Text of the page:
Her one role of note in this period was in William Wellman’s great 1943 Western The Ox-Bow Incident, playing one of only two female roles. As Rose Mapen, the former prostitute who had been Henry Fonda’s squeeze, Hughes has one scene (and she’s onscreen for less than five minutes), but her impact is indelible. The episode (which appears in the novel) is like a parodic reversal of the scene in John Ford’s Stagecoach, when Claire Trevor’s hooker is run out of town by the respectable ladies. Here, Hughes’ Rose is returning to her home town, triumphantly wedded to a well-to-do San Franciscan; no one’s gonna run her out. Stepping from the coach conveying her and her newly attached spouse, she slowly smiles at the crowd of gaping cowpokes, delighted she can still wow the guys. When Fonda rides up and sees her, another small, fleeting smile crosses Rose’s face, combining pleasure at viewing him with satisfaction that he now sees her properly married. Then their eyes lock; and Hughes returns her former lover’s gaze unflinchingly, as if daring him to respond to her new status. Everything we glean about Rose is through that gaze. How she looks at others is how she defines herself.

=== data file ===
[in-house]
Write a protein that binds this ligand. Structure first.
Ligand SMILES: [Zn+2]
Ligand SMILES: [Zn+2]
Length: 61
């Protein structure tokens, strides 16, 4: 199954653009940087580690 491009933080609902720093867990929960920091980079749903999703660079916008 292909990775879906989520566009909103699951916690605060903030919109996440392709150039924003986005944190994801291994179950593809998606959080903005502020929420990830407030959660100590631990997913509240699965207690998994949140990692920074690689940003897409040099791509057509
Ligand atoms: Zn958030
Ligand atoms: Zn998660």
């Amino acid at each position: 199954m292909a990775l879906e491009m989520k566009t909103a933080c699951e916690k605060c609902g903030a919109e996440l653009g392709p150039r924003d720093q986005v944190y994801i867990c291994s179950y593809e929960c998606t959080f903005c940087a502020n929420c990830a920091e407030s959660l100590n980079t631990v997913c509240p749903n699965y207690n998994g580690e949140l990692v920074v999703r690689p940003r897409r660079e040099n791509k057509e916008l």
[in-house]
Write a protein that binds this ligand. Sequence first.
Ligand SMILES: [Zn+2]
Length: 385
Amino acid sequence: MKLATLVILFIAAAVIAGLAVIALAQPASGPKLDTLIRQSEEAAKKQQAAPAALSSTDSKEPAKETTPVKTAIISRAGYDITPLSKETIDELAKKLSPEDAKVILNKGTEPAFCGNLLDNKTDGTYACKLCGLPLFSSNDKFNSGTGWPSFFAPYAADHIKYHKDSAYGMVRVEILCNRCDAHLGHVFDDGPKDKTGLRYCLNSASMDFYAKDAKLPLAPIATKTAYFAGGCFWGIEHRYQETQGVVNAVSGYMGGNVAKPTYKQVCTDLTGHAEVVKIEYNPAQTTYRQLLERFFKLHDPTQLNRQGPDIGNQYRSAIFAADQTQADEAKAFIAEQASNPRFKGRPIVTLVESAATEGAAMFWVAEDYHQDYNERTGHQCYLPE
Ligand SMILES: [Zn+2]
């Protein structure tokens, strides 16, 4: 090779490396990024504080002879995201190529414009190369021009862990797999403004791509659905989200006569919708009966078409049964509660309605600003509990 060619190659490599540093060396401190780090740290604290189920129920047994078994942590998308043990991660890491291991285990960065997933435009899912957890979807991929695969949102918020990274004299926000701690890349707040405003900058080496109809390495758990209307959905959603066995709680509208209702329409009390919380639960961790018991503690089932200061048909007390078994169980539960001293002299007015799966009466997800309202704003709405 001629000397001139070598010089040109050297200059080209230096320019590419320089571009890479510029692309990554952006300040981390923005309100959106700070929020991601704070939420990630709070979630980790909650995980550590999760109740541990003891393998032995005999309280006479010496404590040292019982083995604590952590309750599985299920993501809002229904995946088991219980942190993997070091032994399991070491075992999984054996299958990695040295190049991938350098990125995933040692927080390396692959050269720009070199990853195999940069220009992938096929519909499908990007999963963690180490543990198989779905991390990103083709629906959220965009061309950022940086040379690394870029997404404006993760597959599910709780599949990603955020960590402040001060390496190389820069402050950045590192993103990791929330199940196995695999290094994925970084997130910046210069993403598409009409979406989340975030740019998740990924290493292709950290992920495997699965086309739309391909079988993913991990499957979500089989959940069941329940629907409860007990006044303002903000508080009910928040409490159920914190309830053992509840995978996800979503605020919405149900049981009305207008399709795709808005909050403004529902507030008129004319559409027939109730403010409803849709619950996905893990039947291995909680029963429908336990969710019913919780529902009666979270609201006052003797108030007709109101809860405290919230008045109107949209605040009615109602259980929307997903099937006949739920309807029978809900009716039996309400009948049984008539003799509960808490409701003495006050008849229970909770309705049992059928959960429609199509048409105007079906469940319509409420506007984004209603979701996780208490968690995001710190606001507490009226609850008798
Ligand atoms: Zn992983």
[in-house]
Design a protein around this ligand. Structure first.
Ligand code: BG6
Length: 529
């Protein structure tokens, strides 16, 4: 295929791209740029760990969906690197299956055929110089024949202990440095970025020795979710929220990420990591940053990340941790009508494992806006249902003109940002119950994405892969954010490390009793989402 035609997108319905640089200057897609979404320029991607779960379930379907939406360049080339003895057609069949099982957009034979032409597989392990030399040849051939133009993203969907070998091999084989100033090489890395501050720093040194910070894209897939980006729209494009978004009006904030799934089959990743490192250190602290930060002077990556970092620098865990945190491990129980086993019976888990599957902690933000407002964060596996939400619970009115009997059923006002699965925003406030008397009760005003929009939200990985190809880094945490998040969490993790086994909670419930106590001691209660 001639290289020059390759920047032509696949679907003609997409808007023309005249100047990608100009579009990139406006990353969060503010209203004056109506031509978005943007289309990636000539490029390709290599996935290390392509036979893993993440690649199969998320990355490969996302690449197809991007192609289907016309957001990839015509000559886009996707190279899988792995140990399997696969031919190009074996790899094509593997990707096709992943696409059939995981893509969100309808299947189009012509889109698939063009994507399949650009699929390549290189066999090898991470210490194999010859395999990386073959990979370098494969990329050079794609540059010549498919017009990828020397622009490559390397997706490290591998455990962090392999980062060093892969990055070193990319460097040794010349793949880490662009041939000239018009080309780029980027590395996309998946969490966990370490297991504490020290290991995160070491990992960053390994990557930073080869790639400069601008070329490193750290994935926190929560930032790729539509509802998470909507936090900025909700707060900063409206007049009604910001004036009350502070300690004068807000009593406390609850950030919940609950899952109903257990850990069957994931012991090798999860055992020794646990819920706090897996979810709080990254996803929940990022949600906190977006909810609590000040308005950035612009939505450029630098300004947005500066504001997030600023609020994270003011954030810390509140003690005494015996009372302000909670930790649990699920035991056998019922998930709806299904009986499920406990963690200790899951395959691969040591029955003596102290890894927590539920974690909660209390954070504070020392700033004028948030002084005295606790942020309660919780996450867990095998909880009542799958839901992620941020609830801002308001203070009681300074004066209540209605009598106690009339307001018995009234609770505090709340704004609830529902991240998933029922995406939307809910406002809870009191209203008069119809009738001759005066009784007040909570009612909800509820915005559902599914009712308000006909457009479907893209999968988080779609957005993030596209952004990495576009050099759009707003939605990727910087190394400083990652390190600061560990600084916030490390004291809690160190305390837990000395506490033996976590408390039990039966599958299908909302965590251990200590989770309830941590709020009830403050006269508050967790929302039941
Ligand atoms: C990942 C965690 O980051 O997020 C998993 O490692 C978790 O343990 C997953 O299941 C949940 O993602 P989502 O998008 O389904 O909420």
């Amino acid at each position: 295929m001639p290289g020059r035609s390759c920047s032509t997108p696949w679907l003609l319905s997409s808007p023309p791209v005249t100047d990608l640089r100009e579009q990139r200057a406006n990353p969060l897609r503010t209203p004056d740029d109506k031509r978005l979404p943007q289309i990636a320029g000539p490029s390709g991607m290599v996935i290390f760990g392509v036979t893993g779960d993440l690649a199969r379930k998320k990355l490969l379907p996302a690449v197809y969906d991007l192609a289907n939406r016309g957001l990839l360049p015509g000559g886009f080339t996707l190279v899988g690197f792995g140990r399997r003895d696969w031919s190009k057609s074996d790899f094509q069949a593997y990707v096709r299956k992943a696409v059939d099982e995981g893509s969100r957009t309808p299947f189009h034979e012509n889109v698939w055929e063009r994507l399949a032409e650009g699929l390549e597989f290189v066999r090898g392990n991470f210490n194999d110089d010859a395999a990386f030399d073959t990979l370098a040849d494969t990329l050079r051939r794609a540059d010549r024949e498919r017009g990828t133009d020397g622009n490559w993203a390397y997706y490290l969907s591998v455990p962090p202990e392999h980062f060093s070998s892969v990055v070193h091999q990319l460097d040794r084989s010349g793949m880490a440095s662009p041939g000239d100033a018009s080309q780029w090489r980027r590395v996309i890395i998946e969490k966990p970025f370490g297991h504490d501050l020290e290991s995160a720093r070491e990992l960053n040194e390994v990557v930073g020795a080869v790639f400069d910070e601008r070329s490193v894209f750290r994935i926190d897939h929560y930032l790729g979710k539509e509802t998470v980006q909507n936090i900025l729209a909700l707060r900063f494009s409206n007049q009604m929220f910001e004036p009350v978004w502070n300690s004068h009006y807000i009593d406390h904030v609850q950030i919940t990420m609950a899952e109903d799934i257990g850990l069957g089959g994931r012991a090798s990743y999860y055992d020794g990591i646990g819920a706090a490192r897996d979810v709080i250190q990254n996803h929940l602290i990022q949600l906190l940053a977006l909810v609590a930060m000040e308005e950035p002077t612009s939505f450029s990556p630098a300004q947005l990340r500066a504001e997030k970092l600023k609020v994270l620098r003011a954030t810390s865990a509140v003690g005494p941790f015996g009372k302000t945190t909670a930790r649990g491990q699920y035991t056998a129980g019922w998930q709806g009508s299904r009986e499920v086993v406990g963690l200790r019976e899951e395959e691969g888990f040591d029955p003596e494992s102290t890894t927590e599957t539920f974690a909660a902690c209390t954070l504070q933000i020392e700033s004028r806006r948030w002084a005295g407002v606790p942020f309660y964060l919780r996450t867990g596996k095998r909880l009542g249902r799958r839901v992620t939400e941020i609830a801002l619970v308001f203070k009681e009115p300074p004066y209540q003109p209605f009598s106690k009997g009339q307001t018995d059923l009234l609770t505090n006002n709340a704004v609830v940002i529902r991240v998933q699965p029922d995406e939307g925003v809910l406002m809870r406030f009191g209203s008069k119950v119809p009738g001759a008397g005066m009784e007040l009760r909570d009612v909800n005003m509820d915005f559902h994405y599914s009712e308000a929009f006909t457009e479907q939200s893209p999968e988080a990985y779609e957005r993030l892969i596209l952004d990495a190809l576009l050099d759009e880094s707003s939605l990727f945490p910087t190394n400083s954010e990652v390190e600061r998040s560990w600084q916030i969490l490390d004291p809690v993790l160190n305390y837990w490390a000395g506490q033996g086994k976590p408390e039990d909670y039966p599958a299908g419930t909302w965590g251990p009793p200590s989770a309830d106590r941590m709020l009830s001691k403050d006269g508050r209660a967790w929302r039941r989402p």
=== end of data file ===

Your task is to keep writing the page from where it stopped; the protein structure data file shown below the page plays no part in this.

It’s that gaze, confident, alluring, and challenging, that may define Hughes in our collective cinema unconscious. And it’s what made her a great femme fatale in film noir. In 1945’s B-noir The Great Flamarion, Hughes again defines herself by how she looks, here at her formidable co-star, Erich von Stroheim, an actor not known for melting glances. In the film he’s a vaudeville sharpshooter who, once disappointed in love, can now only see women as objects to shoot at onstage; he no longer wants to look at a woman as a woman. But Hughes, his onstage assistant, has other plans. Coming to him with a tale of an unhappy marriage to her drunken husband, who’s also in the act (Dan Duryea), she forces von Stroheim to look back at her, to acknowledge her as a sexual presence. A now-smitten Flamarion then bumps off the husband during a performance, freeing Hughes to run off with another lover and leave Flamarion flat. When the revenge-driven sharpshooter finally catches up with her, in a flea-bitten theater in Mexico, he shoots out the lights in her dressing room so she can’t look at him before, in a play on his vaudeville act, he shoots her.